worldseedsupply.org

Cultivation Database

Germination of Theobroma Cacao


   Jun 03

Germination of Theobroma Cacao

Germination of Theobroma Cacao (Cocoa/ Chocolate)

Theobroma Cacao, the Aztec’s Food of the Gods, is one of the trickier plants to grow. Cacao plants are quite rare in the United States, and viable seeds are even rarer. This is because the seeds have an extremely short viability. Only seeds obtained in the fruit or those that have been recently removed are suitable for growing. Dried cocoa beans are often sold for edible and aromatic applications, but do not be fooled into thinking you will be able to grow these. More importantly, beware of vendors selling these seeds for growing. If the beans are dry when you get them, they are no good.

The above picture shows two ripe Theobroma Cacao seed pods that we at World Seed Supply have been working with. The fruit on the right was opened first in the condition it appears while the one on the left a was allowed to ripen to a similar color before opening. The majority of the seeds in that first fruit were actually germinating right in the pod when it was opened. It is important to slice around the perimeter of the fruit so that you do not damage the cocoa seeds in the center. It is a good idea to squeeze the slices cacao pod to break it fully apart rather than slicing too deep. Once you have the two halves, you will seed a conglomeration of about 15-20 cocoa beans stuck together with each individual seed coated by a white fruity material. This material is the second factor that makes growing cacao tricky.

The white fleshy material on the outside of the cacao seeds is problematic because it is tough to remove and is an ideal place to harbor molds and disease that could harm the seed during germination. Although a bit unorthodox, we began the process by chewing and sucking off as much of the cacao fruit as possible. This decision was made only with the knowledge that the fruit is edible, and it proved to be quite tasty. Afterwards, a very sharp kitchen knife was used to shave off more of the remaining substance without damaging the brown seed coat. While one seed was being worked on, the other seeds were left soaking in water to keep from drying out and to keep any of the reminaing fruit material workable. After the shaving, the seeds were rubbed extensively with a dry towel until they were relatively clean. Needless to say, this was quite a chore for 15-20 seeds at a time. Fortunately, the fruits were done on different days.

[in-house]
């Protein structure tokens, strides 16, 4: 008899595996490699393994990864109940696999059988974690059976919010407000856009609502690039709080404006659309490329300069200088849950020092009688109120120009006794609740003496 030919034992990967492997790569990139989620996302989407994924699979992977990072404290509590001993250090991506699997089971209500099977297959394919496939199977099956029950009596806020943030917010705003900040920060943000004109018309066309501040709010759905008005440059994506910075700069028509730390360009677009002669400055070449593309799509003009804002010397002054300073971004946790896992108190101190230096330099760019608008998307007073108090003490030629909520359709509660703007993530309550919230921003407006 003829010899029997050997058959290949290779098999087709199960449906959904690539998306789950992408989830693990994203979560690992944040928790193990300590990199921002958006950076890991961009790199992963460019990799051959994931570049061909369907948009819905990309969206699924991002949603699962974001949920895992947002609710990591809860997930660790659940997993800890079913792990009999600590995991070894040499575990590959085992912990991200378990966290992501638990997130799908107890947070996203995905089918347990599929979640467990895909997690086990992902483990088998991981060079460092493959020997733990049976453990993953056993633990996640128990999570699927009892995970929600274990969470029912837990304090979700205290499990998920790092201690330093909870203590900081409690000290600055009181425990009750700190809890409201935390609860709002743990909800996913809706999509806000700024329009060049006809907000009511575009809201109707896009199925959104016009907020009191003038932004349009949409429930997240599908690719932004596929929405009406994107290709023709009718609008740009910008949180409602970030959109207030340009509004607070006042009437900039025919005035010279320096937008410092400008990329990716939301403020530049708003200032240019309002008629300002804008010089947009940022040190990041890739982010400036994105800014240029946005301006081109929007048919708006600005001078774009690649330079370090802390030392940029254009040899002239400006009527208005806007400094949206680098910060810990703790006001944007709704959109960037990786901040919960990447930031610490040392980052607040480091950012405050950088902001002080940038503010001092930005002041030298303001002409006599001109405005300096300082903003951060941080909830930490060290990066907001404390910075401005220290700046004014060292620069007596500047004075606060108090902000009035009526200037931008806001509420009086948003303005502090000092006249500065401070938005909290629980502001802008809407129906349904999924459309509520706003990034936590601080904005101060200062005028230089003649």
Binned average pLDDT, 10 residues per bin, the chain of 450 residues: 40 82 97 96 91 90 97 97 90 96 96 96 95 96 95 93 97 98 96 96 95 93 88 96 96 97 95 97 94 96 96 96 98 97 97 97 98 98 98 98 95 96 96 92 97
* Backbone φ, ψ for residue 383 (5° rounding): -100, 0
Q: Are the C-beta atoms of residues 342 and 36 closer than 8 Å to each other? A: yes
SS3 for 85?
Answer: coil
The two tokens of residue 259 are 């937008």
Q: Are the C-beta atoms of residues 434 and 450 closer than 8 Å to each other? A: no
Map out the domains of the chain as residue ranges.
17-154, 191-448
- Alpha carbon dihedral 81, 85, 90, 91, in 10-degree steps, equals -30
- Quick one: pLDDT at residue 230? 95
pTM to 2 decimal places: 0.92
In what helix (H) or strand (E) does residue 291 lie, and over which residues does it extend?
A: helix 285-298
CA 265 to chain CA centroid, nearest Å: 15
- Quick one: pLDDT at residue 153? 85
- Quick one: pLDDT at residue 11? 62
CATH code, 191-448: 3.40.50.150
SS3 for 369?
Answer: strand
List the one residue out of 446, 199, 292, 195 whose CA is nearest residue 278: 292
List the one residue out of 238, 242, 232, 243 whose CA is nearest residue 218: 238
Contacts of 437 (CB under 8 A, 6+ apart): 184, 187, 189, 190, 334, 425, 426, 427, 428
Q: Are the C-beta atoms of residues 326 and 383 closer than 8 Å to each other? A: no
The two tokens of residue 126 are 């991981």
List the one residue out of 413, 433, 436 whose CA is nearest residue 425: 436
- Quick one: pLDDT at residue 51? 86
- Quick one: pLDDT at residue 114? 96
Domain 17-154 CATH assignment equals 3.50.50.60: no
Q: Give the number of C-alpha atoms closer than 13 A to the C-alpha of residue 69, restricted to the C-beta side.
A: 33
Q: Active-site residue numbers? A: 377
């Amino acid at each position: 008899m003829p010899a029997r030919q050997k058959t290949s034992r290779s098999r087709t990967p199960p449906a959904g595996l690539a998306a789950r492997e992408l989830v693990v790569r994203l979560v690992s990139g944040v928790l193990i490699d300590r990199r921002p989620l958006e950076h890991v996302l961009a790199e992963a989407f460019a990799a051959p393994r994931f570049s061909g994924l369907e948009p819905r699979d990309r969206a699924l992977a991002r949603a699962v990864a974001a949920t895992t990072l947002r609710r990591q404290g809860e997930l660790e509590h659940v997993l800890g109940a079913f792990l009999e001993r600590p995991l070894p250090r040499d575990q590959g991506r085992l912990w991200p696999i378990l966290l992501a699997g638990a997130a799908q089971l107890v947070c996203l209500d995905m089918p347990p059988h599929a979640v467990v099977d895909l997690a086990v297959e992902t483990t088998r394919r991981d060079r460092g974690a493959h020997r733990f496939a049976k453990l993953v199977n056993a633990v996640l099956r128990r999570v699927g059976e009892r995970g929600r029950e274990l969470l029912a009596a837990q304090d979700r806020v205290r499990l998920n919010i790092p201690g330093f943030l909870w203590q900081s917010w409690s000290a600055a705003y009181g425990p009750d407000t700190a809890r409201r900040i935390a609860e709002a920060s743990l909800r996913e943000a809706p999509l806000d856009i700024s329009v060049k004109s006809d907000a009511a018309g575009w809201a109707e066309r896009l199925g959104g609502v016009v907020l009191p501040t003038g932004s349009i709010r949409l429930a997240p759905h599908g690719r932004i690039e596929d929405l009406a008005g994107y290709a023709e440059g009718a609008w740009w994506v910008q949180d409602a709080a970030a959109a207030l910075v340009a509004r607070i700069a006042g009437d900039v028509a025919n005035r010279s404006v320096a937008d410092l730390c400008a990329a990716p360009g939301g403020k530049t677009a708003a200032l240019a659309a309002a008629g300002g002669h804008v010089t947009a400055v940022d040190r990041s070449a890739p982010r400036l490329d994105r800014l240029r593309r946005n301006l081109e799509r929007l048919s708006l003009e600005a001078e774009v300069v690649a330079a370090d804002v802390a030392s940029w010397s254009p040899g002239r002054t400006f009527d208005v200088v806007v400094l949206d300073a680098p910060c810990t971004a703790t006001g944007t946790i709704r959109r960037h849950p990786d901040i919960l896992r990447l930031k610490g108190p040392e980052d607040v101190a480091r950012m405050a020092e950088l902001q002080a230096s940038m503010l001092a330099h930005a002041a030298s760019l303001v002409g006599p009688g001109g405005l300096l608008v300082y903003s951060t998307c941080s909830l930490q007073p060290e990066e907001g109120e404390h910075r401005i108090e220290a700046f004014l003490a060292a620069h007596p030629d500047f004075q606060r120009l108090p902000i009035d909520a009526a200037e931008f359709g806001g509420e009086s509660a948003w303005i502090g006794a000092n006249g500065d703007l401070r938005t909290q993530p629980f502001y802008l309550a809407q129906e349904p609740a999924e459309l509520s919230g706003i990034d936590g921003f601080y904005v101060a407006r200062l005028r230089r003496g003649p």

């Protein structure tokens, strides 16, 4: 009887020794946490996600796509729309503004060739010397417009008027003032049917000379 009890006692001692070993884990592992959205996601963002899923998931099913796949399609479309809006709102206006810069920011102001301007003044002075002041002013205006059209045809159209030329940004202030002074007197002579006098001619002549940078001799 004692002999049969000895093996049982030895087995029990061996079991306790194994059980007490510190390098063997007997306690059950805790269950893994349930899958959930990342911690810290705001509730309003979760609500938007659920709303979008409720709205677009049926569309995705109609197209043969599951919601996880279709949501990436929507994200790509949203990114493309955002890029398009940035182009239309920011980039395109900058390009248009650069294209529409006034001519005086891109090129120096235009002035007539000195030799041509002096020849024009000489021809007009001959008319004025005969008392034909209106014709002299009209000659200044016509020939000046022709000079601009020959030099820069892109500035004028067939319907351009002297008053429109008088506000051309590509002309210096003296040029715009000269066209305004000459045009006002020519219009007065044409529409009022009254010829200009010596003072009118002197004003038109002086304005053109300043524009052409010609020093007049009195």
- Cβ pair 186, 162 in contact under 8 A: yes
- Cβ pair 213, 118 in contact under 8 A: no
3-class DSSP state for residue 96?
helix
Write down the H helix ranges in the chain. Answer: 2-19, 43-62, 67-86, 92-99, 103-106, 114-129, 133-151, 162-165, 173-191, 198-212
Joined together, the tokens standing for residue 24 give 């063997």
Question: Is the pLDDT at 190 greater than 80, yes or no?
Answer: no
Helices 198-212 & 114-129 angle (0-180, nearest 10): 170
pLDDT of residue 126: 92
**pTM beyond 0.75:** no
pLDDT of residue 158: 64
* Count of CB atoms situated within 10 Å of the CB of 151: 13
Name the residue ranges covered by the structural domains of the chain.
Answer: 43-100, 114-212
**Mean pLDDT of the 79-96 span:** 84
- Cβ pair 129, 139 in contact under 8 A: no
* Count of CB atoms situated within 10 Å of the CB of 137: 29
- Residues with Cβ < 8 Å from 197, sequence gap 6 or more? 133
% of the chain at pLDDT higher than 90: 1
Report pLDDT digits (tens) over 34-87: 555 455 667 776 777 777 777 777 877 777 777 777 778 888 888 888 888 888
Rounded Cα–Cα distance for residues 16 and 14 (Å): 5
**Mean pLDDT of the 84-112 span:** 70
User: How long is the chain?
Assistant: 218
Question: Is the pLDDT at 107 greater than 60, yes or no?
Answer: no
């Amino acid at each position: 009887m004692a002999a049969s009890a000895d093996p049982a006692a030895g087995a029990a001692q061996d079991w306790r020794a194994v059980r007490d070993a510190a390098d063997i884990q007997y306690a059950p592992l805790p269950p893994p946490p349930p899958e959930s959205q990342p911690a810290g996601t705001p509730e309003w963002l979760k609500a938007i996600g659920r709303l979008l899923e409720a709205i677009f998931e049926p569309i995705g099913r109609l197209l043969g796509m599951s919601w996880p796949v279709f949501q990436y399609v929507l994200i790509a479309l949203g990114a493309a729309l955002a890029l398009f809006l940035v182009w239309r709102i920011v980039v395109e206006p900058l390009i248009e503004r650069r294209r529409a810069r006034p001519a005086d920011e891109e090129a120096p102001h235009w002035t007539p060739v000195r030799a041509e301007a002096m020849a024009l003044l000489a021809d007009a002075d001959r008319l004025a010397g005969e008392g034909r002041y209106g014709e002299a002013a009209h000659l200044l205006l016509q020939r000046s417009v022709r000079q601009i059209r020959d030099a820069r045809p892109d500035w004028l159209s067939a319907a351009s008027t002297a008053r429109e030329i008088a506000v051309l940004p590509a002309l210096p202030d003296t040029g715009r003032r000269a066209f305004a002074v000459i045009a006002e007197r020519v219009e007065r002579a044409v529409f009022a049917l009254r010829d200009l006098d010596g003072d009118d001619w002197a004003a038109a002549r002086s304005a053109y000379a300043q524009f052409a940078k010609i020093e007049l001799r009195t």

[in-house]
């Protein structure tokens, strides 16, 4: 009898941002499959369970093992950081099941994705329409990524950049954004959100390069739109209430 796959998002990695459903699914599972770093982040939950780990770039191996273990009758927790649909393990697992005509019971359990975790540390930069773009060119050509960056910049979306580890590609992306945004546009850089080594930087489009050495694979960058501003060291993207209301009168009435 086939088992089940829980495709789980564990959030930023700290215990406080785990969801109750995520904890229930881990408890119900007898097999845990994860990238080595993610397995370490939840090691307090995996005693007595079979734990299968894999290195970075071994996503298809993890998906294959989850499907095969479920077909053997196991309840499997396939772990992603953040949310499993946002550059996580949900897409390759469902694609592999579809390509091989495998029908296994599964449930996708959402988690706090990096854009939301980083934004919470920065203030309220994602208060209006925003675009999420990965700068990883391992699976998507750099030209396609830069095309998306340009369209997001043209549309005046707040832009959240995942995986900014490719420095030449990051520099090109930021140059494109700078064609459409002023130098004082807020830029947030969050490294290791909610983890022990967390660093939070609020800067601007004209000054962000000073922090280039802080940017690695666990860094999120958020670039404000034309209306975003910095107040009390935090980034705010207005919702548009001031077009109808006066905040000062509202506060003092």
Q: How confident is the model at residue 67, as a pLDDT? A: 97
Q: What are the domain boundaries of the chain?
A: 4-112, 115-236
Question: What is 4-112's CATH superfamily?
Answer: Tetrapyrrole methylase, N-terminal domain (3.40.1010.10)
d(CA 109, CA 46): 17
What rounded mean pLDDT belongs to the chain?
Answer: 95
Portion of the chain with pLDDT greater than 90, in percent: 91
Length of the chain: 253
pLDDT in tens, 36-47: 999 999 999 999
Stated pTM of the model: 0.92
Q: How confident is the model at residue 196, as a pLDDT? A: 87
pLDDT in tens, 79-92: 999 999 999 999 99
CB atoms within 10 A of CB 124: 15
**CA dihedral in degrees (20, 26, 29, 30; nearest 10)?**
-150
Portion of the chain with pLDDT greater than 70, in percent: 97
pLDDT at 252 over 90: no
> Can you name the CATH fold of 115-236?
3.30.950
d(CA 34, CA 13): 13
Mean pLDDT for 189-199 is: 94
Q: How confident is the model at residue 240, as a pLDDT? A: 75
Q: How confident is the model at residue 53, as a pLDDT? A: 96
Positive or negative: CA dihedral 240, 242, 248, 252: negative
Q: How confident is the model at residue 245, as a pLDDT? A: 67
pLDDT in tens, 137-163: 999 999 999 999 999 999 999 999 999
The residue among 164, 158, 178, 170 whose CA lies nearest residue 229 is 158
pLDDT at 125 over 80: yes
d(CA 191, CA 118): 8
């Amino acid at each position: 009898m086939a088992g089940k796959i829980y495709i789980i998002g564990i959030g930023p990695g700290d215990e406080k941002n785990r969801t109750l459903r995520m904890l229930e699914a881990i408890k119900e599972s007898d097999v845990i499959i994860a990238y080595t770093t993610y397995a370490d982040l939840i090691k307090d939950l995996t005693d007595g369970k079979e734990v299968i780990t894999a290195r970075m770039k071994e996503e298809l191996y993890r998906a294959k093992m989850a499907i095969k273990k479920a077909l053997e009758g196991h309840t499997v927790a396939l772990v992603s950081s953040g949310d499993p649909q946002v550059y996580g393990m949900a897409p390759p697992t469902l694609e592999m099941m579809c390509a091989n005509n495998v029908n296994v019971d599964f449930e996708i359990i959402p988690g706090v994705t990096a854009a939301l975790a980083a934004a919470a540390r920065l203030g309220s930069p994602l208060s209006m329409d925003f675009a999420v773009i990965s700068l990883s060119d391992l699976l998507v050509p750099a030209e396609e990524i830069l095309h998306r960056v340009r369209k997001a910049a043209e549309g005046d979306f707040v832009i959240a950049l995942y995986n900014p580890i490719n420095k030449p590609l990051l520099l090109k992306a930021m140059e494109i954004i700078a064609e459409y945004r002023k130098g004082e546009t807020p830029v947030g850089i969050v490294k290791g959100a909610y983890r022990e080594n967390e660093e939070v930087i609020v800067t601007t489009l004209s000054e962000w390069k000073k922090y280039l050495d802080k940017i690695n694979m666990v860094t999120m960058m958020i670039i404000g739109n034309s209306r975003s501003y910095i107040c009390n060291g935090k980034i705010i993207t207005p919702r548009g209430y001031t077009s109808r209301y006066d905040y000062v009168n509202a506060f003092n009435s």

Once the seeds were cleaned, we placed them in a bed of moist spagnum moss. This is the long-fiber kind sold in craft stores and used for hanging baskets. This should not be confused with peat moss that is used as a soil component. As we said, most of the seeds in the first cacao fruit were germinated already. Some of them were already into the advanced stages of germination. A few of these ones were put right into jiffy mix with spagnum moss around the top to keep the seed head from drying out. Over the next week or so, those in the bed were gradually moved into the same conditions. As the second fruit was opened, they took the place of those seeds in the spagnum bed. It should be noted that the seeds were monitored for mold. It seemed that a bluish green mold was active, but they were rinsed with a mild peroxide solution as needed.

Eventually, all of the cocoa seeds were transplanted into the jiffy mix with 100% germination (minus one healthy seedling that was dropped). The seedlings were then placed next to a simple incandescent bulb. In the week or so following transplantation, the ring of spagnum moss around the seed head was kept moist until the seed head grew tall enough to rise above it. At this point, the seed head was misted occasionally. As you can see, theobroma cacao leaves are now beginning to emerge!

Live Cacao Plants http://worldseedsupply.org/proddetail.php?prod=theoLP1

You can follow any responses to this entry through the RSS 2.0 feed. Both comments and pings are currently closed.

12 Comments

  1. What a great resource!

  2. green teas says:

    Hi,Great blog dude! i’m Fed up with using RSS feeds and do you use twitter?so i can follow you there:D.PS:Do you considered putting video to this web site to keep the readers more entertained?I think it works.Yours, Ruth Semmler

  3. I saw this really great post today!

  4. Worldseed says:

    Thanks. Glad to know people are finding the info useful. Yes, we are on twitter as well. We may eventually do some videos if time permits.

  5. Im thankful for the post.Really thank you!

  6. porno says:

    That is some inspirational stuff. Thanks for all the enthusiasm to offer such helpful information here.

  7. I found your site via google thanks for the post. I will bookmark it for future reference. Thanks Pervious Concrete is a great site for related tips.

  8. very well information you write it very

    clean. I’m very lucky to get this information from you.

  9. via venezia says:

    Did you modify this theme yourself? I like the color scheme :)

  10. ???? says:

    Hi there, awesome site. I thought the topics you posted on were very interesting. I tried to add your RSS to my feed reader and it a few. take a look at it, hopefully I can add you and follow.

  11. backlinks says:

    Really informative blog post here my friend. I just wanted to comment & say keep up the quality work. I’ve bookmarked your blog just now and I’ll be back to read more in the future my friend! Also nice colors on the layout it goes well with the blog in my humble opinion :)

  12. Really informative blog post here my friend. I just wanted to comment & say keep up the quality work. I’ve bookmarked your blog just now and I’ll be back to read more in the future my friend! Also nice colors on the layout it goes well with the blog in my humble opinion :)